US death row inmates more often exonerated
US death row inmates are ending up exonerated nine times more often than any other prisoner convicted of murder, according to a new report made public Monday.
"The most important thing we know about false convictions is that they happen and on a regular basis... Most false convictions never see the light of the day," said the authors of the study, professors of law Samuel Gross and Michael Shaffer of the University of Michigan.
After three years of research, the two experts, aided by their students, came up with the names of 2,000 inmates exonerated from 1989 to 2012.
They were able to develop profiles of 885 cases in a national registry, which is constantly updated and now includes 891 names listed on their website, exonerationregistry.org.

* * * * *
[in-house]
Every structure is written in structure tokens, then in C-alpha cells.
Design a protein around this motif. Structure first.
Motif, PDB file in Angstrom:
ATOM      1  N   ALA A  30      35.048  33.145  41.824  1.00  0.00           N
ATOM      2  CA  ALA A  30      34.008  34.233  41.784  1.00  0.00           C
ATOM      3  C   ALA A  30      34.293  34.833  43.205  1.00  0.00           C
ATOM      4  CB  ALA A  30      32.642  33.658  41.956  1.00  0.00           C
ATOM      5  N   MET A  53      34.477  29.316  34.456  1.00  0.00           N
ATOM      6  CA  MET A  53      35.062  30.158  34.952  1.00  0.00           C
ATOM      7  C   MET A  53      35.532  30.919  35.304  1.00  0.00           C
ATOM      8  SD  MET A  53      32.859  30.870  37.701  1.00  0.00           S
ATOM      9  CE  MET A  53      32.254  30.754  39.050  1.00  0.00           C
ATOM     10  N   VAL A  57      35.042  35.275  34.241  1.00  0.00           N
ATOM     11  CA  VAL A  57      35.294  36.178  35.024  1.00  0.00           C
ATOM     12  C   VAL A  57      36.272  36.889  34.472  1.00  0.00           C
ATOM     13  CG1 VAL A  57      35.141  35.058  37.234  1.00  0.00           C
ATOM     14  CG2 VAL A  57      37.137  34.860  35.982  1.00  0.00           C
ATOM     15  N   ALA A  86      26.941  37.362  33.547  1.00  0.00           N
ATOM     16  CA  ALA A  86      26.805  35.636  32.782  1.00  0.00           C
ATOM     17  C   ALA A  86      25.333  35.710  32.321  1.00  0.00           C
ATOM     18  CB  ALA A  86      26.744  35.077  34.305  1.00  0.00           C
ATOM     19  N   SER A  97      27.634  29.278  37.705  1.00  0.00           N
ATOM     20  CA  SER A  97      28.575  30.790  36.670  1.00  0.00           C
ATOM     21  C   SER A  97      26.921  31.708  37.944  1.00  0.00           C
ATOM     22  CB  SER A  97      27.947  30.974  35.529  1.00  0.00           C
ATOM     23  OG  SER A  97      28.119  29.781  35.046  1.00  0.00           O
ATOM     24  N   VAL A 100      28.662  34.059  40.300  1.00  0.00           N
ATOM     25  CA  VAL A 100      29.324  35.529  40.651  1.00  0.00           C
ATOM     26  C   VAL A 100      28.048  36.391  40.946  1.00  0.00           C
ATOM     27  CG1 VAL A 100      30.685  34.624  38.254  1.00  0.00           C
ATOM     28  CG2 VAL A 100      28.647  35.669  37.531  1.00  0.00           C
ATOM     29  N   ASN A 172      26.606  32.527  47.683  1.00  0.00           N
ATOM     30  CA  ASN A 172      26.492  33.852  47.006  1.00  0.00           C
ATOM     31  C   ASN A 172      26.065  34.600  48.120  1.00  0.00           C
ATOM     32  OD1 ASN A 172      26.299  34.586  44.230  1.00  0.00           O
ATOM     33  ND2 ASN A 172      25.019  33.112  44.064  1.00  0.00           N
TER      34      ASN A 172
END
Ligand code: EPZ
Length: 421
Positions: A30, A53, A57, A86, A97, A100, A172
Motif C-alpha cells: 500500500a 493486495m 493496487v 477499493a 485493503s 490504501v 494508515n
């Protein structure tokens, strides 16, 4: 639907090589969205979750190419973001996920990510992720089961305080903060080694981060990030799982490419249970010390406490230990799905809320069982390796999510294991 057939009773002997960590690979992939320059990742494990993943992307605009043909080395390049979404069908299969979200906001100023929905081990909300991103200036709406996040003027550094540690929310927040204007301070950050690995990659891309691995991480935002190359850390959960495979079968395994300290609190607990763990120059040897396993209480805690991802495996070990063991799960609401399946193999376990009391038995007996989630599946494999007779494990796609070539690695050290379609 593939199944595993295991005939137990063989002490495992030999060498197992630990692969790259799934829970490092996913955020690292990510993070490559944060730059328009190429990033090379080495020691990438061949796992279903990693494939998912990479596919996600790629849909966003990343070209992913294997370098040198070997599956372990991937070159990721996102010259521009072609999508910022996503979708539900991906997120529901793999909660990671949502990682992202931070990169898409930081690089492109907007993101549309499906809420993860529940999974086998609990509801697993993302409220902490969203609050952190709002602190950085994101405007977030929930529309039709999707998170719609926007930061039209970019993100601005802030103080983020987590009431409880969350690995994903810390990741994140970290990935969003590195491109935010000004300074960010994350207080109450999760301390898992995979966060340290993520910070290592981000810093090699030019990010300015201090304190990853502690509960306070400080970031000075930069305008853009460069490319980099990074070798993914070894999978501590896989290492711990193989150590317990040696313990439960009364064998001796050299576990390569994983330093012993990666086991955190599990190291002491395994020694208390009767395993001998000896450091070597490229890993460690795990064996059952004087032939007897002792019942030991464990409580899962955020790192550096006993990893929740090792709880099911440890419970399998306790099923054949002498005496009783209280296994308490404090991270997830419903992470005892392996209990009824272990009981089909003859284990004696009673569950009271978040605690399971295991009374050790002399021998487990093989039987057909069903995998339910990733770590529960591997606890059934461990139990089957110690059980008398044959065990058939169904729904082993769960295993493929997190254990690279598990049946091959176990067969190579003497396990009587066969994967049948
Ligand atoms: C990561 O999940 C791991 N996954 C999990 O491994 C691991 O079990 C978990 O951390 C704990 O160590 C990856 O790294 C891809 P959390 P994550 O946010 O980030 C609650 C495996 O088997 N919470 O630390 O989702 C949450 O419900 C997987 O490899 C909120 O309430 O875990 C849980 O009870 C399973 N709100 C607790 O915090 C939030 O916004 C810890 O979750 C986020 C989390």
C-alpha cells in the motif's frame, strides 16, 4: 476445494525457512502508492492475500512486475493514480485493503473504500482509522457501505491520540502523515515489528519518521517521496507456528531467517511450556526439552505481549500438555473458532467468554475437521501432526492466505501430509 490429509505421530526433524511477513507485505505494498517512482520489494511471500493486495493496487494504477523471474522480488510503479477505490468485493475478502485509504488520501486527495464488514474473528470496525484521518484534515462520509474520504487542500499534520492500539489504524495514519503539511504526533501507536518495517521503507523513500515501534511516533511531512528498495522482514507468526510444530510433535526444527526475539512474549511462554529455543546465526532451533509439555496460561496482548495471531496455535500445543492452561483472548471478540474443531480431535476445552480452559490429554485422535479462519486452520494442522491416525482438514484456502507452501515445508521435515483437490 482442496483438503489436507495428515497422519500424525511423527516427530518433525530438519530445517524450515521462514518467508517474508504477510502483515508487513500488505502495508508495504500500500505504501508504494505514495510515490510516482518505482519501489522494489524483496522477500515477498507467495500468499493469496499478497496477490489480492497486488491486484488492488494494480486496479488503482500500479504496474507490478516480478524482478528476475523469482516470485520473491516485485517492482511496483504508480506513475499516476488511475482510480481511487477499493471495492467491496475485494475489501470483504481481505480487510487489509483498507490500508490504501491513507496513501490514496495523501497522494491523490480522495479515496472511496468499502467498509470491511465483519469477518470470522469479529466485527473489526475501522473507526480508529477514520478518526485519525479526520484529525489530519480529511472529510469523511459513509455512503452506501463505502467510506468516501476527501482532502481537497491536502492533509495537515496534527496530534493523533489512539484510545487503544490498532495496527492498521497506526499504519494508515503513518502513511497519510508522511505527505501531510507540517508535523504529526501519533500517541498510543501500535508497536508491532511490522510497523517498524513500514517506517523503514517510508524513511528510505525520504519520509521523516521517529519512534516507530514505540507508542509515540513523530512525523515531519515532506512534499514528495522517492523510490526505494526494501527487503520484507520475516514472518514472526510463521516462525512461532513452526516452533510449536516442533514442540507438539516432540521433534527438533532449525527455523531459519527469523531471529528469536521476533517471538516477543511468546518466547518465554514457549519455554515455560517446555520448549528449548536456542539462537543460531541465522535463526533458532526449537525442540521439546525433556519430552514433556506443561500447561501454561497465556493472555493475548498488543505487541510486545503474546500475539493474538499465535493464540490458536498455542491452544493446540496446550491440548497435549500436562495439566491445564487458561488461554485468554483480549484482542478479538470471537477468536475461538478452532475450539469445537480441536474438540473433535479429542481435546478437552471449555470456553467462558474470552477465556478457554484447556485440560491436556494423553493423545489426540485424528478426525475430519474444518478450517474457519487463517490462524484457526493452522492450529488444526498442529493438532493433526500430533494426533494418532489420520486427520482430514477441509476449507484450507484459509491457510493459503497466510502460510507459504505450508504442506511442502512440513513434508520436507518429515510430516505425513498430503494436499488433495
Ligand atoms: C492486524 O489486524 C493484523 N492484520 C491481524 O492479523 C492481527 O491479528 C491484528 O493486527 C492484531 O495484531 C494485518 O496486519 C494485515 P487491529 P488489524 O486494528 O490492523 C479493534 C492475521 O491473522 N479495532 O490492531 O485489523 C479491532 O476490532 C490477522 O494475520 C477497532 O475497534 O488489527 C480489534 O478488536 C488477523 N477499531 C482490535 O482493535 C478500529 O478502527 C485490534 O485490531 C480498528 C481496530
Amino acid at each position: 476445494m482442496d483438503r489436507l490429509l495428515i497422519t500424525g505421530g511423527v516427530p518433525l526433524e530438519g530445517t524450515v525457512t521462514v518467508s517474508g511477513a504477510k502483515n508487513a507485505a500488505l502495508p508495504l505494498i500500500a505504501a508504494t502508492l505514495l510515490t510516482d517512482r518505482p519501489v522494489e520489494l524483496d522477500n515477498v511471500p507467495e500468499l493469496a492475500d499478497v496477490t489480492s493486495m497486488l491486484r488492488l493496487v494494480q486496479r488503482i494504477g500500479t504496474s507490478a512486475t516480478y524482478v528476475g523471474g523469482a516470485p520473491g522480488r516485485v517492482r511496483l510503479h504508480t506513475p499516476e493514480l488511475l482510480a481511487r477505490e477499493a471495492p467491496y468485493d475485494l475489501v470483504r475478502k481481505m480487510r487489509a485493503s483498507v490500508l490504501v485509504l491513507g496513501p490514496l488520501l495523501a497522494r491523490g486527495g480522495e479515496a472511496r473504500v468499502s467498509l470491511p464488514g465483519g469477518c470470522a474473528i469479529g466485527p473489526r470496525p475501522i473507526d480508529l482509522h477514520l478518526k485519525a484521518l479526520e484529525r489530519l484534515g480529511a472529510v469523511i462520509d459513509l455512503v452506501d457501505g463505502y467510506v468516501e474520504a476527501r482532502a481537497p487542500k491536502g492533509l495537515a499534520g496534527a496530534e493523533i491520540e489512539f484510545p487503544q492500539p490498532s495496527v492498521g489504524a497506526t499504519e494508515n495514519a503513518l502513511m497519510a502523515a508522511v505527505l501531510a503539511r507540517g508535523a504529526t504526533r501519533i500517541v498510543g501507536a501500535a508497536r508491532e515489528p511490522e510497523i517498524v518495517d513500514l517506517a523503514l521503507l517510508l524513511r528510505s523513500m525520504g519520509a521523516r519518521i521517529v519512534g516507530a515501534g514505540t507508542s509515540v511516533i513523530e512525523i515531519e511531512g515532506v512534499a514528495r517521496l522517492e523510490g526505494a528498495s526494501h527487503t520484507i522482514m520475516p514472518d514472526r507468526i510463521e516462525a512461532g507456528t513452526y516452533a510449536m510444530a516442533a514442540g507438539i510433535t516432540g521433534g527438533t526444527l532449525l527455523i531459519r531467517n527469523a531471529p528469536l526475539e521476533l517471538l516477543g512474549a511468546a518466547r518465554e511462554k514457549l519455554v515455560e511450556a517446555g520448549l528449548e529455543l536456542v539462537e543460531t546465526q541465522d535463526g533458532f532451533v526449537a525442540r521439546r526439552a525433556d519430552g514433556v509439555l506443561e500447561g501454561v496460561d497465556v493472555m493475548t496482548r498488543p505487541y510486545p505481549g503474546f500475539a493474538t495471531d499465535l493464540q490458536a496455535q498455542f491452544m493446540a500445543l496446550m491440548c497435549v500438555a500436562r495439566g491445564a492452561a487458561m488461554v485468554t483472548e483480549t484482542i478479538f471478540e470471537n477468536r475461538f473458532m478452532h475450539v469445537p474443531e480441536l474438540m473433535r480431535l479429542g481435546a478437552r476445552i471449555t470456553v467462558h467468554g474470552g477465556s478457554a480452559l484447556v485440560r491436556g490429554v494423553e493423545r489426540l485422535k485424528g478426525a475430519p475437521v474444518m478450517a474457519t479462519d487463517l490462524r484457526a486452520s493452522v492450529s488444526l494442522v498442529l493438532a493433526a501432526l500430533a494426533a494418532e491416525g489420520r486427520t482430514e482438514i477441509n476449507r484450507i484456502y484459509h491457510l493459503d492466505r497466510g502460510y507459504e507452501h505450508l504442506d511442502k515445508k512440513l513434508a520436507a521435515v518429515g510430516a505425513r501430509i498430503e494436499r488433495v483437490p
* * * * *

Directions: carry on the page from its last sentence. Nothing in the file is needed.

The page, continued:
A quarter of prisoners exonerated of murder -- 101 out of 409 -- had been sentenced to capital punishment, according to the report.
And nearly half of all rape or murder convicts who had been later found innocent -- 341 out of 721 -- were about to be executed or remain in prison for the rest of their lives, the study said.
Ten were found innocent after their death.
"Most innocent defendants with short sentences probably never try to clear their names," Gross said. "They serve their time and do what they can to put the past behind them.
"Death sentences produce exonerations at nine times the rate for all homicide convictions".